Stephen Hawking's wheelchair auctioned for a whopping $393,000

Mindy Sparks
November 11, 2018

- The auction house Christie's sold one of the five existing copies of the doctoral thesis of Stephen Hawking, reaching a figure of 760 thousand dollars, nearly four times its estimated value (between 130 and 195 thousand Dollars).

Auction house Christie's ran the auction called "On the Shoulders of Giants" to raise money for the Stephen Hawking Foundation and the Motor Neurone Disease Association. Hawking's items all combined sold for about $1,306,275 at the auction.

"The results of this remarkable sale, with more than 400 registered bidders from 30 different countries, demonstrate the enormous admiration and affection with which Stephen Hawking was viewed around the world", according to a statement from Thomas Venning, head of books and manuscripts for Christie's, and James Hyslop, head of science and natural history.

When the thesis "Properties of Expanding Universes" was published on the internet for free in 2017, the demand was so great that it caused the collapse of the portal of the University of Cambridge. It was sold for $760,000.

Hawking completed his thesis in 1965 after a turbulent and tragic start to his career as a theoretical physicist. All of those were sold, and the total, about US$1.8 million, was seven times more than had been predicted.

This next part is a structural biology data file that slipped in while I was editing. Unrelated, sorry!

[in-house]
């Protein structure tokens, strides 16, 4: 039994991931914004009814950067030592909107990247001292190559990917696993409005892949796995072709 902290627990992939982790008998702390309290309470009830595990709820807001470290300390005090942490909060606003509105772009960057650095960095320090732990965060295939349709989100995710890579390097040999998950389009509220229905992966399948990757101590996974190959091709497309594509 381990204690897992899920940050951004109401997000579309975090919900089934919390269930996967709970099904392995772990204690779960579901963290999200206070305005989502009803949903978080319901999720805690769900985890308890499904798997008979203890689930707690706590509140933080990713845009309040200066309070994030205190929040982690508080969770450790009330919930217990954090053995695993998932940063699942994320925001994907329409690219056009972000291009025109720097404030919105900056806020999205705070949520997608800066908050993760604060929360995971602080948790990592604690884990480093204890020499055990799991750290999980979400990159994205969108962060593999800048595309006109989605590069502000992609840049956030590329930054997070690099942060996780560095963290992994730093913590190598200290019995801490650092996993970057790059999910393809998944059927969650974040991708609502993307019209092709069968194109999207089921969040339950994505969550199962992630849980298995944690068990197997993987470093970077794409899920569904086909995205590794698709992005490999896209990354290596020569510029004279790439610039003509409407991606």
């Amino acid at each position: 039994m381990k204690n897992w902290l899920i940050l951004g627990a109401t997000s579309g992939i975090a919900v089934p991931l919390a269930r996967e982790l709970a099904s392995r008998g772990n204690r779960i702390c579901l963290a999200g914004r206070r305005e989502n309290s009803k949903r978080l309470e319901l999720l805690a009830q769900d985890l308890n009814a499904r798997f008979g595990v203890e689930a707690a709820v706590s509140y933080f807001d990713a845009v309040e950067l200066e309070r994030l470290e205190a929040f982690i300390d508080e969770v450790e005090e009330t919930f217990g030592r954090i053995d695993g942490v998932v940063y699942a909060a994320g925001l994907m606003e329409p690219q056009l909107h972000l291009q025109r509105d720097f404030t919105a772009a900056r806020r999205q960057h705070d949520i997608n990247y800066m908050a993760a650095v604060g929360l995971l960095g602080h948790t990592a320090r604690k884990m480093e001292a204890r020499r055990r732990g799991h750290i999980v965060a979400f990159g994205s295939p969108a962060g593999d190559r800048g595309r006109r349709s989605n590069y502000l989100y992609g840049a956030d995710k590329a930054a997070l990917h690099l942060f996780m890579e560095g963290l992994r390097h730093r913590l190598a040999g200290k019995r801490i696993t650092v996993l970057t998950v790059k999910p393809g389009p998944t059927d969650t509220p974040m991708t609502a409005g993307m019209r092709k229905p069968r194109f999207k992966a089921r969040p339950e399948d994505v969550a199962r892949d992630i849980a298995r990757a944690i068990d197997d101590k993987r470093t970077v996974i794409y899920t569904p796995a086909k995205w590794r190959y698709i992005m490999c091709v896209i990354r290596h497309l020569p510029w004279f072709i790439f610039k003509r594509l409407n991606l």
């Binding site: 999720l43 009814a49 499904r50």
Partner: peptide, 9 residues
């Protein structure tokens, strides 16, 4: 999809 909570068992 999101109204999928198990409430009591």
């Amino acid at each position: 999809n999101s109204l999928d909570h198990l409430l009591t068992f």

Stephen Hawking published his thesis in 1965, two years after being diagnosed with amyotrophic lateral sclerosis which would eventually leave him paralysed.

A script for his appearance on The Simpsons sold for £6,250.

When the document was made available online previous year by Cambridge University, where Hawking spent his career, it was so popular that it crashed the website.

There was also a collection of his medals and awards available to prospective buyers, and they went for £296,750.

Prof Hawking's book, A Brief History of Time, which he signed with a thumbprint in 1988, sold for £68,750, way above the £3,000 guide price. Along with inclusion of Hawking's personal belongings, the auction also included belongings linked to scientists including Isaac Newton, Charles Darwin and Albert Einstein, wrote The Guardian. Hawking's daughter, Lucy, oversaw the auction. The scientist died 14 March 2018 at his home in Cambridge.

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